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Queenslanders will gather outside Parliament today to call on the Premier to respect the decision of the Land Court and reject the Acland Stage 3 coal mine on the Darling Downs.
In May, the Queensland Land Court recommended against approval of the Acland Stage 3 coal mine but the government has delayed making a decision on the project.
As Parliament returns after the winter break, farmers from the Darling Downs and their supporters, are rallying to call on the Government to act urgently to protect groundwater resources and reject the mine.
Acland dairy farmer David Vonhoff said “I can’t run my farm without groundwater and the Land Court found that the Acland mine puts our groundwater at risk.
“The Land Court also confirmed that this farming country here is amongst the best 1.5% of agricultural land in Queensland, and it’s ridiculous to destroy that with a coal mine” he said.
President of farming and community group Oakey Coal Action Alliance Paul King said “We can’t understand why the Queensland Government has failed to act on the Land Court recommendation.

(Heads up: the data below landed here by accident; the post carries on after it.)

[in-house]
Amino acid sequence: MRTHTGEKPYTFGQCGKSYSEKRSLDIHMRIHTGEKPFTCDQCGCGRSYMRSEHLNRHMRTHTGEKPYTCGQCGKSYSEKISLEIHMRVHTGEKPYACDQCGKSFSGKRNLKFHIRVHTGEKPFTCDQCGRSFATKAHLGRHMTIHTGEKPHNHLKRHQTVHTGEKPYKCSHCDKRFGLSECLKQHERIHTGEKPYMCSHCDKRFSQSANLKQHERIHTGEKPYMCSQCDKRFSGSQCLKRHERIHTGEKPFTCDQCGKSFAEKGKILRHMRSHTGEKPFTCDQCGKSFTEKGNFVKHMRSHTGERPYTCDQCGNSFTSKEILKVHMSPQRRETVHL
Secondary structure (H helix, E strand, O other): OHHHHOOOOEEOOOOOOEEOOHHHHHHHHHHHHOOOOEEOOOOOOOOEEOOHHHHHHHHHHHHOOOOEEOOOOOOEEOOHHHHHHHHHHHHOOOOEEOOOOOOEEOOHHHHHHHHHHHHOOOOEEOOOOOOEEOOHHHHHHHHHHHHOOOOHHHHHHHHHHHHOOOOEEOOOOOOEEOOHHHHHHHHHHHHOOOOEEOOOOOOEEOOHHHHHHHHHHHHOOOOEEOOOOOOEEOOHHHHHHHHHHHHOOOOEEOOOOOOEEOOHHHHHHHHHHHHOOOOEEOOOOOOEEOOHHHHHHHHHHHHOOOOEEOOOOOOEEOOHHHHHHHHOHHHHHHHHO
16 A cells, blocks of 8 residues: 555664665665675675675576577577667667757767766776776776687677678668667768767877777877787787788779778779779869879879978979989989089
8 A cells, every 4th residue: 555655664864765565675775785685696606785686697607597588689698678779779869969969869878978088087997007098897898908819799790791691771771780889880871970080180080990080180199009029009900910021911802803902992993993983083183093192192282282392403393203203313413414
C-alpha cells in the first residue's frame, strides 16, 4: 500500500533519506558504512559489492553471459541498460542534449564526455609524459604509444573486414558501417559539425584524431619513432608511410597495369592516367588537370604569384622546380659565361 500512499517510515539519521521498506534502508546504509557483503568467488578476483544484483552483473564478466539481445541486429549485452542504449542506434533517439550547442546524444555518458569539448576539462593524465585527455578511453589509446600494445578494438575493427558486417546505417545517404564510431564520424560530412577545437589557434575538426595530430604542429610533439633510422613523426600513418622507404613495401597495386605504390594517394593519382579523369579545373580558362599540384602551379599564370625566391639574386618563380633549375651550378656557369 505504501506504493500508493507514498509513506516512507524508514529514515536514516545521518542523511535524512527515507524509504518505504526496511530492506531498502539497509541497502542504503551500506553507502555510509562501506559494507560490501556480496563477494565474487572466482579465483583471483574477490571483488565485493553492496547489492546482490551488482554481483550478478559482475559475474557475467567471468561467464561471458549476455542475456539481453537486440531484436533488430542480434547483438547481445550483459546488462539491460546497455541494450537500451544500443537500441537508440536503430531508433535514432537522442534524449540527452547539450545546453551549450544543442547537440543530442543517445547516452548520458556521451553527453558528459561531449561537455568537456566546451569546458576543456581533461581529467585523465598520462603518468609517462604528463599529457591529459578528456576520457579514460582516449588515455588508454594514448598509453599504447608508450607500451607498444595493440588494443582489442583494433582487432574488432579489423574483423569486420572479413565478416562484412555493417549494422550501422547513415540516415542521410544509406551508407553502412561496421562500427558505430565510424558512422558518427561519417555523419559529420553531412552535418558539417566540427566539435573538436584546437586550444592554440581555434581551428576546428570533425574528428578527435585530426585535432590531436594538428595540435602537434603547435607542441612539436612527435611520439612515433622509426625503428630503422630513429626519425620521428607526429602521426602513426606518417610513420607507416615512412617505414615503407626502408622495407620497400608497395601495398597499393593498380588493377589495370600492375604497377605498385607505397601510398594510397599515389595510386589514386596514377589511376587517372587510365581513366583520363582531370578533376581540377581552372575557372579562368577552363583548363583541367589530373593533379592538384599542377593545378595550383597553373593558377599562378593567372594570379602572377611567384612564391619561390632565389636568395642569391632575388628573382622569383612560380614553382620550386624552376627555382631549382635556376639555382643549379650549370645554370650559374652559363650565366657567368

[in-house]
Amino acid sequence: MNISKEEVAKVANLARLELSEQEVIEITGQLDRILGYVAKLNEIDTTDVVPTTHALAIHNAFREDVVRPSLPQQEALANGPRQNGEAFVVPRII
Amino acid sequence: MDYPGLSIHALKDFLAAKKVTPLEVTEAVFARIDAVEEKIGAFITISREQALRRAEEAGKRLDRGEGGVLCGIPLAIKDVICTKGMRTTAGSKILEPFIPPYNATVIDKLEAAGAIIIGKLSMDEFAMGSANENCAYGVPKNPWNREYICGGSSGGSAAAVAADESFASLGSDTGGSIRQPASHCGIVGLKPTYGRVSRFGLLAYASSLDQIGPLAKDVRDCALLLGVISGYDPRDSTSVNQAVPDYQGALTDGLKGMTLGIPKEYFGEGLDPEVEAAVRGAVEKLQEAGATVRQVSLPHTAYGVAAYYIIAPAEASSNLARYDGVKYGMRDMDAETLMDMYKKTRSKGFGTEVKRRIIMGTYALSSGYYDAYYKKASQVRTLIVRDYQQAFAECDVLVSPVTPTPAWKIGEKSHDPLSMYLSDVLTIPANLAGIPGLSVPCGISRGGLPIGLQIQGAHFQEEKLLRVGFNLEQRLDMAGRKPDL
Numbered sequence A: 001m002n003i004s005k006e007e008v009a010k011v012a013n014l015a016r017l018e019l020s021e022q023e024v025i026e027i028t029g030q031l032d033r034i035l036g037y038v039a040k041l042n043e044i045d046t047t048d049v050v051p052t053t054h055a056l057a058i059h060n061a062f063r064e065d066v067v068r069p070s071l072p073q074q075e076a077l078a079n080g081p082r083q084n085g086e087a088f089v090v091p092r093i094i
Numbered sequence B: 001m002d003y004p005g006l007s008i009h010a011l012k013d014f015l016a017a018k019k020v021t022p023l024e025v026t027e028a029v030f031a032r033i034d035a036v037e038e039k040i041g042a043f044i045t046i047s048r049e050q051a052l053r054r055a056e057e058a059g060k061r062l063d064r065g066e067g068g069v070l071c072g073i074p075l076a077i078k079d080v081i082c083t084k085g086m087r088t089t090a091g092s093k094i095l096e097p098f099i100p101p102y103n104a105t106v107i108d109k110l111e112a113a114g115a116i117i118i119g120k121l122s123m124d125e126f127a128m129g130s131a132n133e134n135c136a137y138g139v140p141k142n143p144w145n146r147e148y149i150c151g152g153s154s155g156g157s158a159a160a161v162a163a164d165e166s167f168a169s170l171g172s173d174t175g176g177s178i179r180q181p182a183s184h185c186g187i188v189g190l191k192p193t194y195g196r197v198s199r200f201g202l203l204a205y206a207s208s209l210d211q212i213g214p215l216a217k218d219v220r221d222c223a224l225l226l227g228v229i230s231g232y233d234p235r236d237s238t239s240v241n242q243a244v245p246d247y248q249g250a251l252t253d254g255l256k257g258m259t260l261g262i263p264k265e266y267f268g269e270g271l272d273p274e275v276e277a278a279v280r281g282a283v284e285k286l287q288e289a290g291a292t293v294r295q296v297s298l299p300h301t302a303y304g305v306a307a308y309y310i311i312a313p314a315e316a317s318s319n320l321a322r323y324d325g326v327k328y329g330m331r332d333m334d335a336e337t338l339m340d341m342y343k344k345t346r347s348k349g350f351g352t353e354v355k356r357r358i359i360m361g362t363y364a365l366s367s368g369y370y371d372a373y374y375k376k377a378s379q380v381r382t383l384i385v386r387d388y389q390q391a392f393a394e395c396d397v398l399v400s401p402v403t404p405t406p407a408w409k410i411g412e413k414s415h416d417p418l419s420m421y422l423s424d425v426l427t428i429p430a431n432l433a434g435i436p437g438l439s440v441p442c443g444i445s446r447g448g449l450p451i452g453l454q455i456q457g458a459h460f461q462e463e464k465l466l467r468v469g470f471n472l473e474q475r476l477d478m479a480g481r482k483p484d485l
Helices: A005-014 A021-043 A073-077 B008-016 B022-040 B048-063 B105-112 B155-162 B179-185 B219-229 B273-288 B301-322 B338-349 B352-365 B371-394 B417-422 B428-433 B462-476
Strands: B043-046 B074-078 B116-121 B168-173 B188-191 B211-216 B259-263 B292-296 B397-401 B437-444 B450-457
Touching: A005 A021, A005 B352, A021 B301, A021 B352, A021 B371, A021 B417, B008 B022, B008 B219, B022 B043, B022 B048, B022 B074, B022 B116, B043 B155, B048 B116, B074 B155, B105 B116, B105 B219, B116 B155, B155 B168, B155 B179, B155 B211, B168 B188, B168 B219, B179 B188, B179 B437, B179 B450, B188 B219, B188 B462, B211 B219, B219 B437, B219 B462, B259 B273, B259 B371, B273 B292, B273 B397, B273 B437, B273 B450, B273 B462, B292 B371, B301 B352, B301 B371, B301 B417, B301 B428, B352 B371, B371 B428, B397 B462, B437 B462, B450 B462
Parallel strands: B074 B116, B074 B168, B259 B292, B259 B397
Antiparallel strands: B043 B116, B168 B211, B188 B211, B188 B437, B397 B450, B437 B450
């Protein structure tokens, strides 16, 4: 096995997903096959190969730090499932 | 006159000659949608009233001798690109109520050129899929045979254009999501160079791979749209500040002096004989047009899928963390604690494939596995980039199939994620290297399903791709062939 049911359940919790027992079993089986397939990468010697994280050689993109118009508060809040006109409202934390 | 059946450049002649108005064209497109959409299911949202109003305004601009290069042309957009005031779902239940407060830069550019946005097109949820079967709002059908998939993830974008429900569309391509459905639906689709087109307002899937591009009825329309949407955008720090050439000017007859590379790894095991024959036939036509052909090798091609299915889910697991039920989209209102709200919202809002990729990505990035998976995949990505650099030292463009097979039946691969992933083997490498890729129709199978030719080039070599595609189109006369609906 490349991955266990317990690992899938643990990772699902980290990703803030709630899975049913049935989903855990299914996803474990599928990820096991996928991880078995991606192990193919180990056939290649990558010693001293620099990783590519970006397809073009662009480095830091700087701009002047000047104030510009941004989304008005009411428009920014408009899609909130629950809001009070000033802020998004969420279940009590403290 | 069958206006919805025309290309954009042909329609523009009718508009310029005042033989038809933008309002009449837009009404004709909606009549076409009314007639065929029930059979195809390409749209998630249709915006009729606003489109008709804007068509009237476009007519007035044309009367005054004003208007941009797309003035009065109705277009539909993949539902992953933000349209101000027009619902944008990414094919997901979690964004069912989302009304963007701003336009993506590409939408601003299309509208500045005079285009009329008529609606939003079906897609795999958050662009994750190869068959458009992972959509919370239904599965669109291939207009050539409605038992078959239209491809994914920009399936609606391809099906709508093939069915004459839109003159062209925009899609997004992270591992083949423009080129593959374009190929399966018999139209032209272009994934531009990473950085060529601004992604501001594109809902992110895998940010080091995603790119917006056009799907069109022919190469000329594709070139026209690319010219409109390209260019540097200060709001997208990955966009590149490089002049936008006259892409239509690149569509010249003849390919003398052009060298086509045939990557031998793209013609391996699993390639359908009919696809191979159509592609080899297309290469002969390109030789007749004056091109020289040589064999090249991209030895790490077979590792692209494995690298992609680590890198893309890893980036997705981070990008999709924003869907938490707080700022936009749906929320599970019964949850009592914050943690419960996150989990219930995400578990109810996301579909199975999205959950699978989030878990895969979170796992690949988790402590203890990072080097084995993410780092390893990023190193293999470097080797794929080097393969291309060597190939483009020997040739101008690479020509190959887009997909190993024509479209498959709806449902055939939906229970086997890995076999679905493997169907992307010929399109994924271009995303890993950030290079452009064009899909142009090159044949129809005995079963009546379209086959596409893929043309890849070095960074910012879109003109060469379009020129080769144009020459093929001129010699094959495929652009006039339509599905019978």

“It’s now been two months since the Land Court judgement, and the delay is causing extreme uncertainty and distress for local farmers.
“We’re calling on the Premier and the Minister for Natural Resources and Mines to respect the law and reject this dangerous mining project without any further delay, and then to act to protect the Darling Downs from mining permanently” he said.
Key facts established by the Court are that:
- The proposed mine is located on land that is among the best 1.5% of agricultural land in Queensland.
- The full impacts of groundwater drawdown are uncertain, but it has the potential to adversely affect surrounding farmers for hundreds of years to come.
- More than 93% of royalties – equivalent to an estimated $436M - will be foregone by the Queensland Government, because the mine is situated on old land titles.
- The existing mine has greatly impacted local residents from noise and dust, and has caused the town of Acland to functionally no longer exist
- New Acland significantly over-estimated the job impacts and the net jobs created is estimated at only 680, rather than the 3550 stated in the EIS.